the three winners of the Henraux 2022 Prize

Nikita Gale, Lorenza Longhi and Himali Singh Soin are the winners of the fifth edition of the Henraux International Sculpture Award 2022. The award, established in 2012 and dedicated to artists under the age of 40, is promoted by the Henraux Foundation, based on an idea from the President, Paolo Carli, with the aim of improving and updating the marble working culture between history, tradition, technology and the present. The award is dedicated to memory Erminio Cidoniodirector of the company, which between the 50s and 60s gave life to an international sculpture center that collaborated with numerous artists, among others. Henry Moore, Jean Hans Arp, Henri Georges Adam and Isamu Noguchi.

In light of this legacy, the purpose of the Henraux International Sculpture Award is to explore changes and developments in national and international contemporary sculptural artistic research. Original perspectives and innovative approaches to production, as well as rethinking marble form and material in a more sustainable perspective, define the criteria for the study of the award.

The works, produced with full support from Henraux, will be previewed on Saturday, July 23, 2022 and will remain on display to the public from July 27 to September 15, 2022 at the Querceta di Seravezza Exhibition Center, in parallel and in dialogue with the exhibition ” Henraux 1960-1970 Collection “, edited by Edoardo Bonaspetti.

Henraux Award 2022: the projects of the three winners

The winners of the Henraux 2022 Prize were chosen by a jury of Edoardo Bonaspetti, Vincenzo de Bellis, Letizia Ragaglia, Eike Schmidt and Roberta Tenconiafter reviewing the applications submitted by each member of the selection board composed of: Lorenzo Giusti, Fatima Hellberg, João Laia, Luca Lo Pinto, Lucia Pietroiusti, Yasmil Raymond and Zoé Whitley. “The three selected projects were distinguished for the significant degree of artistic and technological experimentation, and for the ability to tackle some central themes of the time,” the statement reads. “Artists have in various ways explored a field of research that ranges from environmental urgency to economic and production dynamics, from reflection on the work of art to the definition of original sculptural languages.”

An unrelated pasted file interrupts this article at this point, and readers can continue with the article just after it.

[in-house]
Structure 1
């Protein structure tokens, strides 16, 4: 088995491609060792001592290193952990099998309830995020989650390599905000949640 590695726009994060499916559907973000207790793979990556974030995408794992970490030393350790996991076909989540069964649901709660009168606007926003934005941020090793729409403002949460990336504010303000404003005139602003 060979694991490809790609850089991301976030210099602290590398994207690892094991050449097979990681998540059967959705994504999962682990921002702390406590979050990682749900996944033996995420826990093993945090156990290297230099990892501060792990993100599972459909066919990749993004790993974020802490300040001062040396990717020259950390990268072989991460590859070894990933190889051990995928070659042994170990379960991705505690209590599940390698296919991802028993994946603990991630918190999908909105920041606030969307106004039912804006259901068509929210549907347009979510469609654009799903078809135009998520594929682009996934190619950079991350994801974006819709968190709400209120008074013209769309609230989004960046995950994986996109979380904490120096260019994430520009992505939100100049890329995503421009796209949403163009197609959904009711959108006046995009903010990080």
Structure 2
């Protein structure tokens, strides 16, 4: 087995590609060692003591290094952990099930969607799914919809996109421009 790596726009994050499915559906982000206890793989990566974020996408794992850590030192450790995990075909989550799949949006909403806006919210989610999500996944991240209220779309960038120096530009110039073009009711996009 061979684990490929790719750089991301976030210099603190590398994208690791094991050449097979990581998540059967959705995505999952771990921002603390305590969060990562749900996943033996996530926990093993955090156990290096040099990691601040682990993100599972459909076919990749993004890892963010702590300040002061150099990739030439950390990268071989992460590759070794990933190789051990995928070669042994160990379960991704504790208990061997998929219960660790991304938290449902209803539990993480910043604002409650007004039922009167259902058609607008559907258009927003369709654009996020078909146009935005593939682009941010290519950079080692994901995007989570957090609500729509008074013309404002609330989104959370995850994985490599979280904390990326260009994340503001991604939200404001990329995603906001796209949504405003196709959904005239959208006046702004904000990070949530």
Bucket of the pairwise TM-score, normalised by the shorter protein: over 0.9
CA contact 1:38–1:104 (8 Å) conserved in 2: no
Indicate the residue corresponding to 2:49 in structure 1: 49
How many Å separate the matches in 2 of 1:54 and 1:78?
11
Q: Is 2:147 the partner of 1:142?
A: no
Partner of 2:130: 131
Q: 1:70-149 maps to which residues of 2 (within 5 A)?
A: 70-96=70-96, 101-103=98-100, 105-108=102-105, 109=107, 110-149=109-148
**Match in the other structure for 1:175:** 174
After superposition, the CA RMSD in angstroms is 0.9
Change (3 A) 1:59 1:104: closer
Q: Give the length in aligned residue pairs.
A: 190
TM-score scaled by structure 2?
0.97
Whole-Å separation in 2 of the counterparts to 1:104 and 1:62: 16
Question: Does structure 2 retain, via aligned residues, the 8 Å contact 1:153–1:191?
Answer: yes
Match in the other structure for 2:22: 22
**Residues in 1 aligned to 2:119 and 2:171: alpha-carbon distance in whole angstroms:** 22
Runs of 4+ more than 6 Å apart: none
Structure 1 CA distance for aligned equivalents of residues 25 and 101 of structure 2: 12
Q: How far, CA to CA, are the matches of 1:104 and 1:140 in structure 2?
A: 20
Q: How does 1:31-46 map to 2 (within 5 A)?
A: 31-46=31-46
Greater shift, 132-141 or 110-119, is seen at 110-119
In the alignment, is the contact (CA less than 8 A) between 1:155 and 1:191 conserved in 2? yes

Lorenza Longhi’s approach reconsiders the features and processes of marble, working in close collaboration with the departments of the Henraux company. Based on applications in architecture and interior design, the artist chooses not to look at marble in its decorative qualities, but as a raw material, by using unused elements and trying out unexpected combinations.

Lorenza Longhi at the Henraux Quarry. Photo: Nicola Gnesi

Nikita Gale’s project, on the other hand, aims to mix a traditional material such as marble, a metaphor for solidity and stability, with a performative action, understood as temporary and intangible. The process by which this connection arises in the series of proposed works is laden with metatextual meanings, because the object of the action will be the material itself.

Nikita Gale at Henraux HQ. Photo: Nicola Gnesi

Himali Singh Soin’s multi-year research into the polar ice will take the form of a project divided into two phases involving the Arctic antipodes. The first part of the work sees the creation of a postcolonial Arctic island through the use of marble dust in a long performance ceremony accompanied by the percussionist and composer David Soin Tappeser. In the second part, Himali will present the marble rendering of Deception, an island at the South Pole and former whaling station. The island, part of the southern Shetland Islands, resembles in shape a similarō, the Zen circle. With this work, Himali focuses on decolonial healing, inviting us to reflect on the freezing and depth of time, on perishability, perishability.

Himali Singh Soin and David Soin Tappeser at the Henraux Quarry. Photo: Nicola Gnesi

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